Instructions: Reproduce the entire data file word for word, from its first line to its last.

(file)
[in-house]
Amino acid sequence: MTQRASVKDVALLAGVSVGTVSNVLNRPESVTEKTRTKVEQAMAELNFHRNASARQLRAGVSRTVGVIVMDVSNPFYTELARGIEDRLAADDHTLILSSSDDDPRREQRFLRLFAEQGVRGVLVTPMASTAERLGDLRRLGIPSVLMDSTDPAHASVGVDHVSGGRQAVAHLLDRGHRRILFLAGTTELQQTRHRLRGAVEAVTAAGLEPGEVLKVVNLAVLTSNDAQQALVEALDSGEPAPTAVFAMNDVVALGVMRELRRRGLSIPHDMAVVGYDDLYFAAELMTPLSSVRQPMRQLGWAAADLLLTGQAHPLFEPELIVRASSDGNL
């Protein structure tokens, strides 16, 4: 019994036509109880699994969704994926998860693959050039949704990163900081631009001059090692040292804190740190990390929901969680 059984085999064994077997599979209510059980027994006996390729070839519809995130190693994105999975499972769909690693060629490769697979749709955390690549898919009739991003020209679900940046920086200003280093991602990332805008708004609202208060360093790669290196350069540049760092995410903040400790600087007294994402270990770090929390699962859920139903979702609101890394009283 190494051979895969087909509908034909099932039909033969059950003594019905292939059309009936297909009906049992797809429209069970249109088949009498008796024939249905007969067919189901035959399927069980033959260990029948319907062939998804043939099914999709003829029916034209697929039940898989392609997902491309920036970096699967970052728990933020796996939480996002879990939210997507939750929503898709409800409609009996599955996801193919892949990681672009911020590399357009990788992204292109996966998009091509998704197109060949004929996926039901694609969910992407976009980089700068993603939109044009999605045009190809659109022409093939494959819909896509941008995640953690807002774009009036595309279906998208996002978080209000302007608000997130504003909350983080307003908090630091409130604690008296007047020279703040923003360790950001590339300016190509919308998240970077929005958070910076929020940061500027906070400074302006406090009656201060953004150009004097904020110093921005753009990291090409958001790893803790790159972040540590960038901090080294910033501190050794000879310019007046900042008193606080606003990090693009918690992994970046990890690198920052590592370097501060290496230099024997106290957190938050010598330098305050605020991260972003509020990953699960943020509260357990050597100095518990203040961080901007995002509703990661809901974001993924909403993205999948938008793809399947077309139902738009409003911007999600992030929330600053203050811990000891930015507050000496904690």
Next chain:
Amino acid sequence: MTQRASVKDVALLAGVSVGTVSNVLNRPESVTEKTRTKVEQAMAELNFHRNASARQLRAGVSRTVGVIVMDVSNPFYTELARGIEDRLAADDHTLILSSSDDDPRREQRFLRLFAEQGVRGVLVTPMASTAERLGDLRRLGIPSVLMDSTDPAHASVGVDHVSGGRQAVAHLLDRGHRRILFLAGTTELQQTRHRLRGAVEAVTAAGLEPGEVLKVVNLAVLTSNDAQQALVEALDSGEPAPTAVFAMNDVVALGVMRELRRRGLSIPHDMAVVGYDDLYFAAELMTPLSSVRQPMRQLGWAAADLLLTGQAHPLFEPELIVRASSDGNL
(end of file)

[in-house]
Amino acid sequence: MTQRASVKDVALLAGVSVGTVSNVLNRPESVTEKTRTKVEQAMAELNFHRNASARQLRAGVSRTVGVIVMDVSNPFYTELARGIEDRLAADDHTLILSSSDDDPRREQRFLRLFAEQGVRGVLVTPMASTAERLGDLRRLGIPSVLMDSTDPAHASVGVDHVSGGRQAVAHLLDRGHRRILFLAGTTELQQTRHRLRGAVEAVTAAGLEPGEVLKVVNLAVLTSNDAQQALVEALDSGEPAPTAVFAMNDVVALGVMRELRRRGLSIPHDMAVVGYDDLYFAAELMTPLSSVRQPMRQLGWAAADLLLTGQAHPLFEPELIVRASSDGNL
């Protein structure tokens, strides 16, 4: 019994036509109880699994969704994926998860693959050039949704990163900081631009001059090692040292804190740190990390929901969680 059984085999064994077997599979209510059980027994006996390729070839519809995130190693994105999975499972769909690693060629490769697979749709955390690549898919009739991003020209679900940046920086200003280093991602990332805008708004609202208060360093790669290196350069540049760092995410903040400790600087007294994402270990770090929390699962859920139903979702609101890394009283 190494051979895969087909509908034909099932039909033969059950003594019905292939059309009936297909009906049992797809429209069970249109088949009498008796024939249905007969067919189901035959399927069980033959260990029948319907062939998804043939099914999709003829029916034209697929039940898989392609997902491309920036970096699967970052728990933020796996939480996002879990939210997507939750929503898709409800409609009996599955996801193919892949990681672009911020590399357009990788992204292109996966998009091509998704197109060949004929996926039901694609969910992407976009980089700068993603939109044009999605045009190809659109022409093939494959819909896509941008995640953690807002774009009036595309279906998208996002978080209000302007608000997130504003909350983080307003908090630091409130604690008296007047020279703040923003360790950001590339300016190509919308998240970077929005958070910076929020940061500027906070400074302006406090009656201060953004150009004097904020110093921005753009990291090409958001790893803790790159972040540590960038901090080294910033501190050794000879310019007046900042008193606080606003990090693009918690992994970046990890690198920052590592370097501060290496230099024997106290957190938050010598330098305050605020991260972003509020990953699960943020509260357990050597100095518990203040961080901007995002509703990661809901974001993924909403993205999948938008793809399947077309139902738009409003911007999600992030929330600053203050811990000891930015507050000496904690």
Next chain:
Amino acid sequence: MTQRASVKDVALLAGVSVGTVSNVLNRPESVTEKTRTKVEQAMAELNFHRNASARQLRAGVSRTVGVIVMDVSNPFYTELARGIEDRLAADDHTLILSSSDDDPRREQRFLRLFAEQGVRGVLVTPMASTAERLGDLRRLGIPSVLMDSTDPAHASVGVDHVSGGRQAVAHLLDRGHRRILFLAGTTELQQTRHRLRGAVEAVTAAGLEPGEVLKVVNLAVLTSNDAQQALVEALDSGEPAPTAVFAMNDVVALGVMRELRRRGLSIPHDMAVVGYDDLYFAAELMTPLSSVRQPMRQLGWAAADLLLTGQAHPLFEPELIVRASSDGNL